In the large majority of cases the diagnosis of laryngeal tuberculosis can be adequately made by clinical examination of the larynx with a mirror, provided the examiner has had sufficient clinical experience with this disease. One must remember, however, that in certain circumstances the tuberculous lesion may simulate a neoplasm, either benign or malignant, or may be associated with malignant disease or syphilis or with both. Dworetzky,1 whose opinion is based on twenty years' experience with laryngopulmonary tuberculosis, makes the important point that, as laryngeal involvement is so universally a complication of pulmonary tuberculosis, the diagnosis of laryngeal tuberculosis is rarely justified if after a thorough search an infection of the lungs cannot be found. However, there are cases, with or without a pulmonary lesion, in which a most careful clinical study has failed to clear up the diagnosis, and then the question of biopsy comes up.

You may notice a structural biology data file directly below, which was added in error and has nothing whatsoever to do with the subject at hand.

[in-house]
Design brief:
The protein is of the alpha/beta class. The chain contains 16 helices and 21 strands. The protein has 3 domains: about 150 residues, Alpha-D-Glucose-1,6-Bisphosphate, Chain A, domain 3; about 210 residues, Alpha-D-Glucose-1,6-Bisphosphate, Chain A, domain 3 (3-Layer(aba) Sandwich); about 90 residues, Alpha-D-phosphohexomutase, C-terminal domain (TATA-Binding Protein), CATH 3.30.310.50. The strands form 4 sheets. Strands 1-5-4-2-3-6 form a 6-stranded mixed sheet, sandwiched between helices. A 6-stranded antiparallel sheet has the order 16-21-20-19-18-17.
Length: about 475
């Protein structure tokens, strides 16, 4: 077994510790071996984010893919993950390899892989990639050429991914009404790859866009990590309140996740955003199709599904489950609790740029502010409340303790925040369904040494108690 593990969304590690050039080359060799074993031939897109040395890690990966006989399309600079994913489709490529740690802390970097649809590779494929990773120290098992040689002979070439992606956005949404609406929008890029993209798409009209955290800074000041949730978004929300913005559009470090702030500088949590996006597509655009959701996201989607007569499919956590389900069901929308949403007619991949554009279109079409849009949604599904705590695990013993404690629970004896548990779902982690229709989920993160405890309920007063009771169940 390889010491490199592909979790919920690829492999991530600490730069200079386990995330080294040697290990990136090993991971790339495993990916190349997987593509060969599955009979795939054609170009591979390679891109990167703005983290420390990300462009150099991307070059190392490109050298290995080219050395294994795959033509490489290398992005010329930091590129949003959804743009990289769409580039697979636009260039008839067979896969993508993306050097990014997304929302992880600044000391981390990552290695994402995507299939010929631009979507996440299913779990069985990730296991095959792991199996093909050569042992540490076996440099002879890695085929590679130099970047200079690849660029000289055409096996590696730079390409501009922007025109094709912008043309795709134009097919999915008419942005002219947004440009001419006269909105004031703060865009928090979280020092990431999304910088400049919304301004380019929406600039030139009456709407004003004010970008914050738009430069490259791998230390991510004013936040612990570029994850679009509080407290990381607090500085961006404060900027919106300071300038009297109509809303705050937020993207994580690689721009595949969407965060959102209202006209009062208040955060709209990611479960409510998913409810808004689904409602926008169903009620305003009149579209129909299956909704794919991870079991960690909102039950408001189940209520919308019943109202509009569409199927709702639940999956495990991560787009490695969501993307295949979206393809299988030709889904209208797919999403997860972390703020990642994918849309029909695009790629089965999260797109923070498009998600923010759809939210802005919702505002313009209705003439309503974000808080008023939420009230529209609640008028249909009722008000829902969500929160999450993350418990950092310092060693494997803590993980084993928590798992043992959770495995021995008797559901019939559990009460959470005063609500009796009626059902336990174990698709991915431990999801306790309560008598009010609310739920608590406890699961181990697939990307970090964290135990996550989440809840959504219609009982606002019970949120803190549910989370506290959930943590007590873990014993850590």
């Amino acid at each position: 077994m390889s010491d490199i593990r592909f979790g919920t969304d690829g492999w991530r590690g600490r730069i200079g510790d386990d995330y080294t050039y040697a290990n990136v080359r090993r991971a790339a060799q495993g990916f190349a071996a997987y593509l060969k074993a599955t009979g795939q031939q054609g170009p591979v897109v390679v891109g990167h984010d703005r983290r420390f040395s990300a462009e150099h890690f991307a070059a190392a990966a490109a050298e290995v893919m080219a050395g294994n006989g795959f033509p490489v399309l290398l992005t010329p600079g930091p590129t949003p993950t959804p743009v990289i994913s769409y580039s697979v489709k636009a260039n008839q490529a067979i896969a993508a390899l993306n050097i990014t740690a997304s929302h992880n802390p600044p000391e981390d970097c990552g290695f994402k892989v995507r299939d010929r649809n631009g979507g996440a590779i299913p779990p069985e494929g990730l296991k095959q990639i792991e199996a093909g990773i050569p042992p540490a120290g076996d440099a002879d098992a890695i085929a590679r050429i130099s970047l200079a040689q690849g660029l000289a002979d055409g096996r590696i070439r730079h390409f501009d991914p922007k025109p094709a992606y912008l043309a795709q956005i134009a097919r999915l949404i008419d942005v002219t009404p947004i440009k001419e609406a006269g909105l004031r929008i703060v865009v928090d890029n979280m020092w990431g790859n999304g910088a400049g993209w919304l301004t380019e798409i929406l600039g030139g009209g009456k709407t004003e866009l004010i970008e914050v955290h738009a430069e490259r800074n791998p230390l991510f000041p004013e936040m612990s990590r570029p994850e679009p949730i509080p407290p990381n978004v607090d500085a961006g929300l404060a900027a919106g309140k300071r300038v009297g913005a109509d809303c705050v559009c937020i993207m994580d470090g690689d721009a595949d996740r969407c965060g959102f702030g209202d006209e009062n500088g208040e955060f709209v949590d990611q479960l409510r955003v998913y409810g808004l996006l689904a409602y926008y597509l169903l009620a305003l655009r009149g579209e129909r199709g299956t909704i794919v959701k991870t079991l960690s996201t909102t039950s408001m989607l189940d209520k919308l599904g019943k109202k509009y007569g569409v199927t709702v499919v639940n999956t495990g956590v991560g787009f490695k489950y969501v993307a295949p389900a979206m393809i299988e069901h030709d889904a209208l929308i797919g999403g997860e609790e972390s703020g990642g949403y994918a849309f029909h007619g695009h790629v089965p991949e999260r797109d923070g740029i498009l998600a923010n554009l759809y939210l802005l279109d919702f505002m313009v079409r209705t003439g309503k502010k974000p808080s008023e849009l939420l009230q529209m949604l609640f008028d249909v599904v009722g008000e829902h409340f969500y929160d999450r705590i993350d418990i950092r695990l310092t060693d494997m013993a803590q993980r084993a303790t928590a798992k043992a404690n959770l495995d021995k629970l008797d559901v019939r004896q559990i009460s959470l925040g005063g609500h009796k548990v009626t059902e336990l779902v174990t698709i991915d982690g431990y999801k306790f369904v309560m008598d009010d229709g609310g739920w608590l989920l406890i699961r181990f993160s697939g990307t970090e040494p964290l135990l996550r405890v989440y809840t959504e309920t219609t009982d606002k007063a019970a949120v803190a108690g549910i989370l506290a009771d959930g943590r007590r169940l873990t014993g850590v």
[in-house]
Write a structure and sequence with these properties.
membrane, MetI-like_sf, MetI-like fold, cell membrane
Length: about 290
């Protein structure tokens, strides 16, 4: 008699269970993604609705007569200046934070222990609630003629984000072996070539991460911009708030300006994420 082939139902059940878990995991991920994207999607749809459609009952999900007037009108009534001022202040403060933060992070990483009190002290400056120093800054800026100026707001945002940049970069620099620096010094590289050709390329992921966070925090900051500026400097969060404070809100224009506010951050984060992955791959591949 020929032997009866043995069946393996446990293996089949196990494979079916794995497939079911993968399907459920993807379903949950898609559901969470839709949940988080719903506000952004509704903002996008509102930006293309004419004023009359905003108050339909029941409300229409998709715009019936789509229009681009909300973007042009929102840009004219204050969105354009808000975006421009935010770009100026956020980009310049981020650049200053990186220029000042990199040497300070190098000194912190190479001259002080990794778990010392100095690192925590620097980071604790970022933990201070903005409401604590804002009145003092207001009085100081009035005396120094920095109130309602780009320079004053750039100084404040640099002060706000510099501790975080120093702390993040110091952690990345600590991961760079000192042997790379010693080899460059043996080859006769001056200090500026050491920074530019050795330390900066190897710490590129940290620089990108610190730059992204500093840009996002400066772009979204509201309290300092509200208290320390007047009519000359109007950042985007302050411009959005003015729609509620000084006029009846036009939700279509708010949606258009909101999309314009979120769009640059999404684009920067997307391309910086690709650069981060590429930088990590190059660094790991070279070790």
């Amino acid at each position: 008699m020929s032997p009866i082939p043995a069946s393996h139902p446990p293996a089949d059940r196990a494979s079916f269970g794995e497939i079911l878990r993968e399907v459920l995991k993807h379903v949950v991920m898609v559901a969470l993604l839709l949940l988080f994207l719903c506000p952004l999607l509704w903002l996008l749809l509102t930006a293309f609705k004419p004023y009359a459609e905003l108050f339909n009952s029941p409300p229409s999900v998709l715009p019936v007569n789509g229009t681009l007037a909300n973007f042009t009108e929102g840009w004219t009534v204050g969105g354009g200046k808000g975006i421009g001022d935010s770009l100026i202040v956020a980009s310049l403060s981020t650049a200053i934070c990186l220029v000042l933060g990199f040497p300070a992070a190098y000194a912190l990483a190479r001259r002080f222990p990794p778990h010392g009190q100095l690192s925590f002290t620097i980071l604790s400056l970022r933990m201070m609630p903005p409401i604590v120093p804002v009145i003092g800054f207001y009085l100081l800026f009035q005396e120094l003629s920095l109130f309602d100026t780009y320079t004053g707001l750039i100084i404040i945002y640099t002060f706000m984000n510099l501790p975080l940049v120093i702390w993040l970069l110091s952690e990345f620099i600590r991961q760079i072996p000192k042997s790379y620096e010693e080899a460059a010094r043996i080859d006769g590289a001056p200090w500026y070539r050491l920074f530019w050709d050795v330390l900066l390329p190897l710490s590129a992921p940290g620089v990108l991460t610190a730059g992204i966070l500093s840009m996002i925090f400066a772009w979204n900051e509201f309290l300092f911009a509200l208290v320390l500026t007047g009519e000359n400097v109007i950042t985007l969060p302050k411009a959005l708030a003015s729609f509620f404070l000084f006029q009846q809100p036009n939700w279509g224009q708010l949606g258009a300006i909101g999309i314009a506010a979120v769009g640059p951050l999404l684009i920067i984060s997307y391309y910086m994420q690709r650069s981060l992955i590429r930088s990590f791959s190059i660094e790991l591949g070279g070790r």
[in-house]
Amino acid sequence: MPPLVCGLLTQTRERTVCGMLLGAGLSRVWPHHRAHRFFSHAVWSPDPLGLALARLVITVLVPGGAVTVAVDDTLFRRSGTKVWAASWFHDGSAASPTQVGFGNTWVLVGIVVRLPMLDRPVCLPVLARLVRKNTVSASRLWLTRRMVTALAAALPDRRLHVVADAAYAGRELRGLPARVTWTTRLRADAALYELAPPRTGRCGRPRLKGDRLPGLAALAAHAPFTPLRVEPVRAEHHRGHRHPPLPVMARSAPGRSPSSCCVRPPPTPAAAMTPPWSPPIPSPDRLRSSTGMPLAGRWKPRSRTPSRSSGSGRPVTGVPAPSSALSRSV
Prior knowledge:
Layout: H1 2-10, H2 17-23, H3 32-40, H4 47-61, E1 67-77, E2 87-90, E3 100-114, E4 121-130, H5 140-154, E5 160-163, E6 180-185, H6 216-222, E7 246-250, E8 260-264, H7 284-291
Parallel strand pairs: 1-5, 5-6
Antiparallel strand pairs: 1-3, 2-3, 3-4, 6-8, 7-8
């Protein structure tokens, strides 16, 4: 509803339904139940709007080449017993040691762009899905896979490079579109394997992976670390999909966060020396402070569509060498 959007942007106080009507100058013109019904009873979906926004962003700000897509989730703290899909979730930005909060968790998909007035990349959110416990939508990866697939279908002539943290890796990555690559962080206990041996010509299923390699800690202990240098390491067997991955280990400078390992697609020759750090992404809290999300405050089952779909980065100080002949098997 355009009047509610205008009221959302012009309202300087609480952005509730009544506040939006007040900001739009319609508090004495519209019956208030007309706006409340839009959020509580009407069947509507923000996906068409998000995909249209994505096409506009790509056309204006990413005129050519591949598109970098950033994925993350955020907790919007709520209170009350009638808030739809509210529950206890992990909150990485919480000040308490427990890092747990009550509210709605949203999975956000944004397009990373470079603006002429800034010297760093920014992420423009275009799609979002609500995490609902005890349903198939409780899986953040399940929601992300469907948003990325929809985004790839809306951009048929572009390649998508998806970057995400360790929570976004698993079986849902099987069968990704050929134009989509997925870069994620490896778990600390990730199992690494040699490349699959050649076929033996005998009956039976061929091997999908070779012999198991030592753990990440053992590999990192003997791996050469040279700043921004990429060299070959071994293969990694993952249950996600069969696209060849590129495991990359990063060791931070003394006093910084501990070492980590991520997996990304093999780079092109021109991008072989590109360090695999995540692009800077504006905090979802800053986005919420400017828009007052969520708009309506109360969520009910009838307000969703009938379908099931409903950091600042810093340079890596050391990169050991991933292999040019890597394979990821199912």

WOOD GB. Progress in Otolaryngology: Summaries of the Bibliographic Material Available in the Field of Otolaryngology: LARYNGEAL TUBERCULOSIS. Arch Otolaryngol. 1936;23(2):236–244. doi:10.1001/archotol.1936.00640040243007
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